I know I’ve written this post before but it’s something I’ve been thinking about amid all the “Condi for NFL commissioner!” stuff lately. (And besides, after two years, it’s due for an update.) Why commissioner and not GOP nominee? The 2016 field is “insanely wide open,” after all, and she’s got plenty to commend her — sterling academic credentials, years of diplomatic experience at the highest level, popularity among both wings of the GOP, and a trailblazer narrative that can trump even Hillary’s. She’d be seen, rightly or wrongly, as the “adult” in a field of Republican neophytes, someone whose gravitas all but the most Bush-hating doves within the other party respect. If Jeb ends up passing on the race, Bushworld will be desperate for a familiar face to rally behind. What sounds better — Romney 3.0 or Condi?

Two obvious, and serious, objections. One: Er, she’s pro-choice. In fact, if you believe the gossip, she’s so steadfastly pro-choice that Romney considered her for VP but then dropped her because she wouldn’t relent. Needless to say, if that doesn’t change, she’d be DOA as a Republican candidate. But … maybe it would change. It changed for Romney between the time he ran for Senate in Massachusetts and his nomination for president, didn’t it? Reagan and Bush 41 were pro-choice once upon a time too. GOP voters are remarkably forgiving of earlier heresies, even on crucial issues, for serious candidates who claim they’ve since seen the light. (John McCain turned into a border hawk in time to win the 2008 nomination before reverting to form once he was back in the Senate.) Maybe Condi’s so adamantly pro-choice that she’d refuse to recant even if it cost her a chance to become the first woman and second black president. But maybe not; she sure doesn’t sound like a committed abortion warrior in the clip below. No president is going to have much sway over abortion policy anyway except in their judicial appointments. If Condi’s willing to appoint pro-life judges, she’d be acceptable.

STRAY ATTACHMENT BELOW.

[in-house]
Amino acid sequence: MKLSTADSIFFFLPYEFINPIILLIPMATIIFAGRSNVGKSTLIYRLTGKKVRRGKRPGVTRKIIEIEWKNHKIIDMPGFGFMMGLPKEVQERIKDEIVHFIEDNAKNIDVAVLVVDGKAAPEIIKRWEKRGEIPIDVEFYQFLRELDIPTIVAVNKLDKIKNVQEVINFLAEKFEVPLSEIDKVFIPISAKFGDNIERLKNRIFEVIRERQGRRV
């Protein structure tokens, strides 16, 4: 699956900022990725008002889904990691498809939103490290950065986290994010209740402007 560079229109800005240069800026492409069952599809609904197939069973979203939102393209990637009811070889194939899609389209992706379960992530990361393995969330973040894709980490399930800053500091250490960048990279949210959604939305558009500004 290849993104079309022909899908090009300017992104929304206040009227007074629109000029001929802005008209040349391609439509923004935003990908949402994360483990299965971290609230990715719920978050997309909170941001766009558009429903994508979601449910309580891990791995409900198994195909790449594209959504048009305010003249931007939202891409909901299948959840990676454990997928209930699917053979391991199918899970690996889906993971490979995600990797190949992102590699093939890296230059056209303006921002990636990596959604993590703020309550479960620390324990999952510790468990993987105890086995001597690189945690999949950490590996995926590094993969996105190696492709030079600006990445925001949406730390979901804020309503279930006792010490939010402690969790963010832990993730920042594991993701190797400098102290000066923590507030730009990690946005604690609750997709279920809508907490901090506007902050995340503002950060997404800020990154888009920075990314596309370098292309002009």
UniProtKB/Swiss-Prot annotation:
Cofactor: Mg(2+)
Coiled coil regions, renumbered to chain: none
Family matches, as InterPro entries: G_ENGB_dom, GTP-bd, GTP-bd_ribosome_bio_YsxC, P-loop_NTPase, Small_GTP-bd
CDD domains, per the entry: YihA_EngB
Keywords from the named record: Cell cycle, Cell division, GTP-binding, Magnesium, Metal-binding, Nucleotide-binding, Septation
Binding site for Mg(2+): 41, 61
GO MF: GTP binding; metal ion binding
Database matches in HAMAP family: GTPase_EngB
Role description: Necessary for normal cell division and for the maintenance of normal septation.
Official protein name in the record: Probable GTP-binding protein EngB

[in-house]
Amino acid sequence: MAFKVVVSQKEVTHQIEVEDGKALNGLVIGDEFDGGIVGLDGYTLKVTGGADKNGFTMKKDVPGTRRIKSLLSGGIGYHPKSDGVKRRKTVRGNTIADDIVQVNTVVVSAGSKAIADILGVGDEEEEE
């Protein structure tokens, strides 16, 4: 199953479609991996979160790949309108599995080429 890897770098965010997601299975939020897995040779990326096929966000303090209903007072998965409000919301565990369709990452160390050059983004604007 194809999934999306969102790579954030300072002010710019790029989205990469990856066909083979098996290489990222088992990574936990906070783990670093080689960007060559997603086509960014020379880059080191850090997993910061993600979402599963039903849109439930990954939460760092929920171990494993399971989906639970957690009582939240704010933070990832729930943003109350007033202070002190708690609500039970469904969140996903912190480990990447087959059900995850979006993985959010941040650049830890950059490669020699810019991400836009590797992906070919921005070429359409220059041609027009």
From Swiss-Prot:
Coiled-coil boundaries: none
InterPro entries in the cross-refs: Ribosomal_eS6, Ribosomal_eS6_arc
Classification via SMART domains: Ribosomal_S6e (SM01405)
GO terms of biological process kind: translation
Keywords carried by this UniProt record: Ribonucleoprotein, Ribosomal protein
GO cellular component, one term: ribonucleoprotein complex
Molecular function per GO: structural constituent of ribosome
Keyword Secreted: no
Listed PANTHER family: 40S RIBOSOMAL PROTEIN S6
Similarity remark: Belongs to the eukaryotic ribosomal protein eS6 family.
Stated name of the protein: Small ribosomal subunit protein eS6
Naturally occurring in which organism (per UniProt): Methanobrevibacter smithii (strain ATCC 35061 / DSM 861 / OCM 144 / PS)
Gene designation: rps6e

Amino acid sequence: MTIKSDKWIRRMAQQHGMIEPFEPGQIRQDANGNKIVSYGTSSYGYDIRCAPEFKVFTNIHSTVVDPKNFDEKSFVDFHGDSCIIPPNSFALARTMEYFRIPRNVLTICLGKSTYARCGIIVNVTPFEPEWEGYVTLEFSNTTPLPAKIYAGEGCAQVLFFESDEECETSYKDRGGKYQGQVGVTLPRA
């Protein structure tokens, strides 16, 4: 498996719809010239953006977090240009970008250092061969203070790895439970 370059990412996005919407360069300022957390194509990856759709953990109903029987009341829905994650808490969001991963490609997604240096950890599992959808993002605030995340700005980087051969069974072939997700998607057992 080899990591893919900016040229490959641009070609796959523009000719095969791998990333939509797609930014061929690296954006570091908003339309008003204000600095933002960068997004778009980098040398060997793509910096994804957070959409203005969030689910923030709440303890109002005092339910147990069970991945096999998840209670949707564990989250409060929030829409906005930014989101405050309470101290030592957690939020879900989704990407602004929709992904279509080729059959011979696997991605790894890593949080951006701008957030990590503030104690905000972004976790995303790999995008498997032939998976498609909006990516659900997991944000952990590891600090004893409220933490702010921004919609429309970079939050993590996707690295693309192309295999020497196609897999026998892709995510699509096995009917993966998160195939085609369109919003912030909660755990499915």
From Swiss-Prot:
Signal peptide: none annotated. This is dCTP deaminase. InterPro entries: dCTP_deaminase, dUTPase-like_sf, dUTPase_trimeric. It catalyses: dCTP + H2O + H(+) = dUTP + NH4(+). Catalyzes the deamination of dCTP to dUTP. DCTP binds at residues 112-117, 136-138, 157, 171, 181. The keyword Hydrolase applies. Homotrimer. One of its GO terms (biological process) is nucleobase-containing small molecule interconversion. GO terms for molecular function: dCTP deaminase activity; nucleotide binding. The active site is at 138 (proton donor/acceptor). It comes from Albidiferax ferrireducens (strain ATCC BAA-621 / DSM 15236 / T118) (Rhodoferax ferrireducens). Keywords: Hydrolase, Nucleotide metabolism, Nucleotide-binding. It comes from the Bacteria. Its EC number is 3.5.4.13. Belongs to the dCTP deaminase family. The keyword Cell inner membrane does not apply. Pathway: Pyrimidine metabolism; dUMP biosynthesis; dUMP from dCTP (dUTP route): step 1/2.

Second objection: Iraq, stupid. What kind of suicidal party nominates one of the most visible faces of a war whose enormous unpopularity handed both Congress and the White House to Democrats? That’s a serious concern, but I’d take it more seriously if the GOP establishment wasn’t set to nominate … the brother of the guy who presided over that war. Truth be told, everyone in the Republican field besides Rand Paul, including and especially the McCain-esque Marco Rubio, will run as a loud and proud interventionist. (Ted Cruz will oppose nation-building but he’ll be all for bombing bad guys various and sundry too.) Which makes sense, given that Republican voters are themselves trending back towards hawkishness. Meanwhile, the likely Democratic nominee not only voted for that same war in Iraq but is already positioning herself for 2016 as someone so hawkish that her big problem with Obama’s Syria policy is that he didn’t move to arm the rebels quickly enough. Condi could present herself — not untruthfully — as, yes, an interventionist but someone who acted as a diplomatic moderating influence on Bush in his second term while superhawks like Dick Cheney were pushing him to confront Iran. All of which is to say, I’d be more sympathetic to the “nominating a devout hawk after Iraq is suicide!” argument against Condi if we weren’t pretty much set on nominating a devout hawk — against a Democratic devout hawk — anyway. If you’re that worried about Iraq fallout, nominate Rand and be done with it.

For what it’s worth, I haven’t seen any recent polling on Condi but as of December 2012, no major Republican except Christie had a favorable rating comparable to hers. And Christie now isn’t what Christie was then, needless to say. Exit question: Is her reluctance about running mainly about not wanting to field “How come you aren’t married?!” questions for the next six years? I think the media would tread lightly there, but they’d tread.